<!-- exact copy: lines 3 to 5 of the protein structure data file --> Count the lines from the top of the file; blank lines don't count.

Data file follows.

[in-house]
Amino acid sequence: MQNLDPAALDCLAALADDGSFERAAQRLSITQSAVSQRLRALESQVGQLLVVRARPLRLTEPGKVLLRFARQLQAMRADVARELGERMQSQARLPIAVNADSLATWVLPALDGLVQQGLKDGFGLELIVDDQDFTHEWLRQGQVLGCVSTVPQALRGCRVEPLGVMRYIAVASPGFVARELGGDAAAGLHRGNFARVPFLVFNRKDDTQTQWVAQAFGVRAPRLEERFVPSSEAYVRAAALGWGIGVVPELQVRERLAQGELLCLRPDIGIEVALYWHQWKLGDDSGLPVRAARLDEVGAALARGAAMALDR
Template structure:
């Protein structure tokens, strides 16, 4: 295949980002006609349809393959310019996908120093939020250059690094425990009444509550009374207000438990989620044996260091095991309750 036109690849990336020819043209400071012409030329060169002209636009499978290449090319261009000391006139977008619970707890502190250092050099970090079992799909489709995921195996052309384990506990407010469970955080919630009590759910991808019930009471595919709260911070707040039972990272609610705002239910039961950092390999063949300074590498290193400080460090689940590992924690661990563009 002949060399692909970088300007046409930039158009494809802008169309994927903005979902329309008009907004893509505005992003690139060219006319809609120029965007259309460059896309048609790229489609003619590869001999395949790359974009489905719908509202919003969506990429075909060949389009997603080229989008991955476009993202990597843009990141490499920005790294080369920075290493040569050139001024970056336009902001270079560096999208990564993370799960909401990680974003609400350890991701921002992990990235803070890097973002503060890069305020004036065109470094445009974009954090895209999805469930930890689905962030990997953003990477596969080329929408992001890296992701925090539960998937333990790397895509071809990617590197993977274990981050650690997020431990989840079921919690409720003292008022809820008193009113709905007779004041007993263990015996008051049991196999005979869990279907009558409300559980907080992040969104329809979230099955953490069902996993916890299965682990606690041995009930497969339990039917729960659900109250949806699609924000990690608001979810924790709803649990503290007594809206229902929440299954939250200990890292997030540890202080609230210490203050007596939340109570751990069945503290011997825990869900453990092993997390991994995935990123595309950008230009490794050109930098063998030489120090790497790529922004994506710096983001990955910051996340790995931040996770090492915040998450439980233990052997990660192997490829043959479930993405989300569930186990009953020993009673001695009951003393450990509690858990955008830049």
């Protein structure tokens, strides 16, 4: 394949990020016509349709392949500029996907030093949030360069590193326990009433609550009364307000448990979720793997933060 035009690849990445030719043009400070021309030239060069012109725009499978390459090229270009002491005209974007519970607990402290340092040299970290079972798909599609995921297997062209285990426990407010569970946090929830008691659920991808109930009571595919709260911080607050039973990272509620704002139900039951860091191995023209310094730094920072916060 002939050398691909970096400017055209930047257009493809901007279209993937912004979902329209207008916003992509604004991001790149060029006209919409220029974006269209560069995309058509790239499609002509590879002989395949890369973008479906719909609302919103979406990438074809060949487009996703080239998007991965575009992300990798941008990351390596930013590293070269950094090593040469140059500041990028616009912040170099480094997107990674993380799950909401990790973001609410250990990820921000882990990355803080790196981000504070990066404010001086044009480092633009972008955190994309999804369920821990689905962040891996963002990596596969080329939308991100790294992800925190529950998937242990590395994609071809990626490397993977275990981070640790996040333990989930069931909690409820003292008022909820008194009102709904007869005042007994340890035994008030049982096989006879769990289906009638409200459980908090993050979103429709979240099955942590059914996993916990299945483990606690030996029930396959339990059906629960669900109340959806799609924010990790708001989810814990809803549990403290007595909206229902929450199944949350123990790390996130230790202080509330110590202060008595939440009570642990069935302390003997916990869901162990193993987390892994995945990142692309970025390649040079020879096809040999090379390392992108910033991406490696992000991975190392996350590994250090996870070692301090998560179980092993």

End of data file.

Template structure:
């Protein structure tokens, strides 16, 4: 295949980002006609349809393959310019996908120093939020250059690094425990009444509550009374207000438990989620044996260091095991309750 036109690849990336020819043209400071012409030329060169002209636009499978290449090319261009000391006139977008619970707890502190250092050099970090079992799909489709995921195996052309384990506990407010469970955080919630009590759910991808019930009471595919709260911070707040039972990272609610705002239910039961950092390999063949300074590498290193400080460090689940590992924690661990563009 002949060399692909970088300007046409930039158009494809802008169309994927903005979902329309008009907004893509505005992003690139060219006319809609120029965007259309460059896309048609790229489609003619590869001999395949790359974009489905719908509202919003969506990429075909060949389009997603080229989008991955476009993202990597843009990141490499920005790294080369920075290493040569050139001024970056336009902001270079560096999208990564993370799960909401990680974003609400350890991701921002992990990235803070890097973002503060890069305020004036065109470094445009974009954090895209999805469930930890689905962030990997953003990477596969080329929408992001890296992701925090539960998937333990790397895509071809990617590197993977274990981050650690997020431990989840079921919690409720003292008022809820008193009113709905007779004041007993263990015996008051049991196999005979869990279907009558409300559980907080992040969104329809979230099955953490069902996993916890299965682990606690041995009930497969339990039917729960659900109250949806699609924000990690608001979810924790709803649990503290007594809206229902929440299954939250200990890292997030540890202080609230210490203050007596939340109570751990069945503290011997825990869900453990092993997390991994995935990123595309950008230009490794050109930098063998030489120090790497790529922004994506710096983001990955910051996340790995931040996770090492915040998450439980233990052997990660192997490829043959479930993405989300569930186990009953020993009673001695009951003393450990509690858990955008830049």
């Protein structure tokens, strides 16, 4: 394949990020016509349709392949500029996907030093949030360069590193326990009433609550009364307000448990979720793997933060 035009690849990445030719043009400070021309030239060069012109725009499978390459090229270009002491005209974007519970607990402290340092040299970290079972798909599609995921297997062209285990426990407010569970946090929830008691659920991808109930009571595919709260911080607050039973990272509620704002139900039951860091191995023209310094730094920072916060 002939050398691909970096400017055209930047257009493809901007279209993937912004979902329209207008916003992509604004991001790149060029006209919409220029974006269209560069995309058509790239499609002509590879002989395949890369973008479906719909609302919103979406990438074809060949487009996703080239998007991965575009992300990798941008990351390596930013590293070269950094090593040469140059500041990028616009912040170099480094997107990674993380799950909401990790973001609410250990990820921000882990990355803080790196981000504070990066404010001086044009480092633009972008955190994309999804369920821990689905962040891996963002990596596969080329939308991100790294992800925190529950998937242990590395994609071809990626490397993977275990981070640790996040333990989930069931909690409820003292008022909820008194009102709904007869005042007994340890035994008030049982096989006879769990289906009638409200459980908090993050979103429709979240099955942590059914996993916990299945483990606690030996029930396959339990059906629960669900109340959806799609924010990790708001989810814990809803549990403290007595909206229902929450199944949350123990790390996130230790202080509330110590202060008595939440009570642990069935302390003997916990869901162990193993987390892994995945990142692309970025390649040079020879096809040999090379390392992108910033991406490696992000991975190392996350590994250090996870070692301090998560179980092993």